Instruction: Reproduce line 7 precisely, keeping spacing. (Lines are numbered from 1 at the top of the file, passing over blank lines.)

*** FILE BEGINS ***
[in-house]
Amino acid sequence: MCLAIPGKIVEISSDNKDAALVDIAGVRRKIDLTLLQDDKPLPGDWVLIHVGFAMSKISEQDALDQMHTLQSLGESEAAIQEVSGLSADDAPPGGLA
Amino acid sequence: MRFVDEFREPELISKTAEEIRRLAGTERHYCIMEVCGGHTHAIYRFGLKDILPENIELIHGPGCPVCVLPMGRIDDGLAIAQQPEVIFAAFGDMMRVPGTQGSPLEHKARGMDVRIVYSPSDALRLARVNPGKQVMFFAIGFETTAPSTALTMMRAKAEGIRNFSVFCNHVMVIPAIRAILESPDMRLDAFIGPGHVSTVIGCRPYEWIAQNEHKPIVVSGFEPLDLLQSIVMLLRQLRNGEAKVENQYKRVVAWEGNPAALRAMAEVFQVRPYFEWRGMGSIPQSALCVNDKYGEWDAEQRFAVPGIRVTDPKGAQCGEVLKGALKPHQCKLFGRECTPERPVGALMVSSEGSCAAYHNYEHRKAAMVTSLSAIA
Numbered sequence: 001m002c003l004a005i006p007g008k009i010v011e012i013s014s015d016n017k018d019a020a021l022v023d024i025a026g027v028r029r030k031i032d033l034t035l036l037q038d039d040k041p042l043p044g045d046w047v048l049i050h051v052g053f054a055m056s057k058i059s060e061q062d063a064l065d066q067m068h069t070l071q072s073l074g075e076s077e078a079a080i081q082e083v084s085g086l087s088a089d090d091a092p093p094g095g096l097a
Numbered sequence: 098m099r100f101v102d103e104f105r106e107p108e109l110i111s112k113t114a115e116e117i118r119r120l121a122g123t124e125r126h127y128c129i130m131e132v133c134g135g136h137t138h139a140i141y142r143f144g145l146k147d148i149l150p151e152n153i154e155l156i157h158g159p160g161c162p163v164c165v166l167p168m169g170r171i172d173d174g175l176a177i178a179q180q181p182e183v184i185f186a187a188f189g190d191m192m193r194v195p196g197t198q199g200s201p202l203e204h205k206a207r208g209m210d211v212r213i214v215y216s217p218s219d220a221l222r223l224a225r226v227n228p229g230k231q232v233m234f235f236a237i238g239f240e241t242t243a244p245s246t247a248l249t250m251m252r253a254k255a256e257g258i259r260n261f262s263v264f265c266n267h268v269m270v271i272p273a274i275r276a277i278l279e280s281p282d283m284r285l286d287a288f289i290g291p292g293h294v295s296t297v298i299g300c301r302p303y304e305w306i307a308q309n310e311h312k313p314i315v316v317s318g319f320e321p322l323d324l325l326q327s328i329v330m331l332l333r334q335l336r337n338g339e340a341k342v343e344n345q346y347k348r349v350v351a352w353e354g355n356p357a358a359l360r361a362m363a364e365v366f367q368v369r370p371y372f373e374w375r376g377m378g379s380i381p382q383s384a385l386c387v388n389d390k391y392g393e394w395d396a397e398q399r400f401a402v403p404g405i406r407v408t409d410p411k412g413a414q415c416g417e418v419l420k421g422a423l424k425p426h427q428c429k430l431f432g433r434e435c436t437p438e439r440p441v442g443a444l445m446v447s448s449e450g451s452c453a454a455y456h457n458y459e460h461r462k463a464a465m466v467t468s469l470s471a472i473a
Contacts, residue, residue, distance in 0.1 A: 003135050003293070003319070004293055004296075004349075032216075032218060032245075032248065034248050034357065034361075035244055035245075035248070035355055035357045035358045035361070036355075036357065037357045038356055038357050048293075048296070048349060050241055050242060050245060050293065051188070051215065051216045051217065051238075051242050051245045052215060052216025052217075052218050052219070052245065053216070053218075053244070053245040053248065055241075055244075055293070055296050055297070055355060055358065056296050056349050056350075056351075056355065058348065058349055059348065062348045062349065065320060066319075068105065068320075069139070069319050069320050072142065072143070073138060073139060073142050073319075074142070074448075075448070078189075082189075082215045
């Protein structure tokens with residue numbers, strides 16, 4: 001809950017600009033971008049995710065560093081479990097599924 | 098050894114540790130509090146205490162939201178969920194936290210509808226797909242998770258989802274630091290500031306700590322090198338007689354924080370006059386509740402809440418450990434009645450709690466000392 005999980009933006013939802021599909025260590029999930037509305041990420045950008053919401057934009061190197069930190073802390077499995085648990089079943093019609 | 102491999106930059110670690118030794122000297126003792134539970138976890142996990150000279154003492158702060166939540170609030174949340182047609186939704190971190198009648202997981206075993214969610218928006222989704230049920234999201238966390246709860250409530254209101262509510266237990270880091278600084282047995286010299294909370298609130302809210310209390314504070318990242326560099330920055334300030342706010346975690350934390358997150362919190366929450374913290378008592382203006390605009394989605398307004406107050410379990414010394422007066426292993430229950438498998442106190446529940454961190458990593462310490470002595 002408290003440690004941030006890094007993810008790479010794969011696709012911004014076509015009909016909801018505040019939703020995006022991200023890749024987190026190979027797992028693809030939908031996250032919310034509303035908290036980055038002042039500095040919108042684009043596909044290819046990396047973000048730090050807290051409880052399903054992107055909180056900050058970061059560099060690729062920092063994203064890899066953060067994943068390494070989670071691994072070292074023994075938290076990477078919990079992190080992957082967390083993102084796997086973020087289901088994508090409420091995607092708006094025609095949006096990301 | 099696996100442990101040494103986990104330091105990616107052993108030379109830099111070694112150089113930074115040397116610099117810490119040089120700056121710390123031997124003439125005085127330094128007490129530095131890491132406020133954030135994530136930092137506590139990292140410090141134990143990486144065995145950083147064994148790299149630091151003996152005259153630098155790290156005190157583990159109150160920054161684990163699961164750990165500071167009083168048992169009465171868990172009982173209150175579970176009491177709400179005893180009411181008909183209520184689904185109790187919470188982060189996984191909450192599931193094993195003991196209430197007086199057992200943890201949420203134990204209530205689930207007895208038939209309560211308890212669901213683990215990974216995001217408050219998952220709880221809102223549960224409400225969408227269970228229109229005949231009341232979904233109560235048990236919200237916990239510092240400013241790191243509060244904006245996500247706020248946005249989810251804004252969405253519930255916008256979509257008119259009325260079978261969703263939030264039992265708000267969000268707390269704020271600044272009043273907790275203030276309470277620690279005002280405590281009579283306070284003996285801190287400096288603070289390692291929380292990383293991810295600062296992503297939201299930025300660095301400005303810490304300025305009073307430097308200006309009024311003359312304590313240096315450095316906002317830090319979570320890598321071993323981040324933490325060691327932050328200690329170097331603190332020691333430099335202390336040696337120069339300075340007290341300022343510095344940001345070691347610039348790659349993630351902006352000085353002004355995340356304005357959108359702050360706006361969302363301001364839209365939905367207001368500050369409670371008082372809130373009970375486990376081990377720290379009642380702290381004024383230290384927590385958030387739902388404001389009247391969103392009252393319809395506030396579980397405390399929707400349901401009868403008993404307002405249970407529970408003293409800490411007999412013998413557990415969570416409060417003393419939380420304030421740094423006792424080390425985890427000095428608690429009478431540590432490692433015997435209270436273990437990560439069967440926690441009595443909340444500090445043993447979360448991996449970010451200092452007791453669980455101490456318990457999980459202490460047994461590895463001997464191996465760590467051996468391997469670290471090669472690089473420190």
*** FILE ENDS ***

């Protein structure tokens with residue numbers, strides 16, 4: 001809950017600009033971008049995710065560093081479990097599924 | 098050894114540790130509090146205490162939201178969920194936290210509808226797909242998770258989802274630091290500031306700590322090198338007689354924080370006059386509740402809440418450990434009645450709690466000392 005999980009933006013939802021599909025260590029999930037509305041990420045950008053919401057934009061190197069930190073802390077499995085648990089079943093019609 | 102491999106930059110670690118030794122000297126003792134539970138976890142996990150000279154003492158702060166939540170609030174949340182047609186939704190971190198009648202997981206075993214969610218928006222989704230049920234999201238966390246709860250409530254209101262509510266237990270880091278600084282047995286010299294909370298609130302809210310209390314504070318990242326560099330920055334300030342706010346975690350934390358997150362919190366929450374913290378008592382203006390605009394989605398307004406107050410379990414010394422007066426292993430229950438498998442106190446529940454961190458990593462310490470002595 002408290003440690004941030006890094007993810008790479010794969011696709012911004014076509015009909016909801018505040019939703020995006022991200023890749024987190026190979027797992028693809030939908031996250032919310034509303035908290036980055038002042039500095040919108042684009043596909044290819046990396047973000048730090050807290051409880052399903054992107055909180056900050058970061059560099060690729062920092063994203064890899066953060067994943068390494070989670071691994072070292074023994075938290076990477078919990079992190080992957082967390083993102084796997086973020087289901088994508090409420091995607092708006094025609095949006096990301 | 099696996100442990101040494103986990104330091105990616107052993108030379109830099111070694112150089113930074115040397116610099117810490119040089120700056121710390123031997124003439125005085127330094128007490129530095131890491132406020133954030135994530136930092137506590139990292140410090141134990143990486144065995145950083147064994148790299149630091151003996152005259153630098155790290156005190157583990159109150160920054161684990163699961164750990165500071167009083168048992169009465171868990172009982173209150175579970176009491177709400179005893180009411181008909183209520184689904185109790187919470188982060189996984191909450192599931193094993195003991196209430197007086199057992200943890201949420203134990204209530205689930207007895208038939209309560211308890212669901213683990215990974216995001217408050219998952220709880221809102223549960224409400225969408227269970228229109229005949231009341232979904233109560235048990236919200237916990239510092240400013241790191243509060244904006245996500247706020248946005249989810251804004252969405253519930255916008256979509257008119259009325260079978261969703263939030264039992265708000267969000268707390269704020271600044272009043273907790275203030276309470277620690279005002280405590281009579283306070284003996285801190287400096288603070289390692291929380292990383293991810295600062296992503297939201299930025300660095301400005303810490304300025305009073307430097308200006309009024311003359312304590313240096315450095316906002317830090319979570320890598321071993323981040324933490325060691327932050328200690329170097331603190332020691333430099335202390336040696337120069339300075340007290341300022343510095344940001345070691347610039348790659349993630351902006352000085353002004355995340356304005357959108359702050360706006361969302363301001364839209365939905367207001368500050369409670371008082372809130373009970375486990376081990377720290379009642380702290381004024383230290384927590385958030387739902388404001389009247391969103392009252393319809395506030396579980397405390399929707400349901401009868403008993404307002405249970407529970408003293409800490411007999412013998413557990415969570416409060417003393419939380420304030421740094423006792424080390425985890427000095428608690429009478431540590432490692433015997435209270436273990437990560439069967440926690441009595443909340444500090445043993447979360448991996449970010451200092452007791453669980455101490456318990457999980459202490460047994461590895463001997464191996465760590467051996468391997469670290471090669472690089473420190």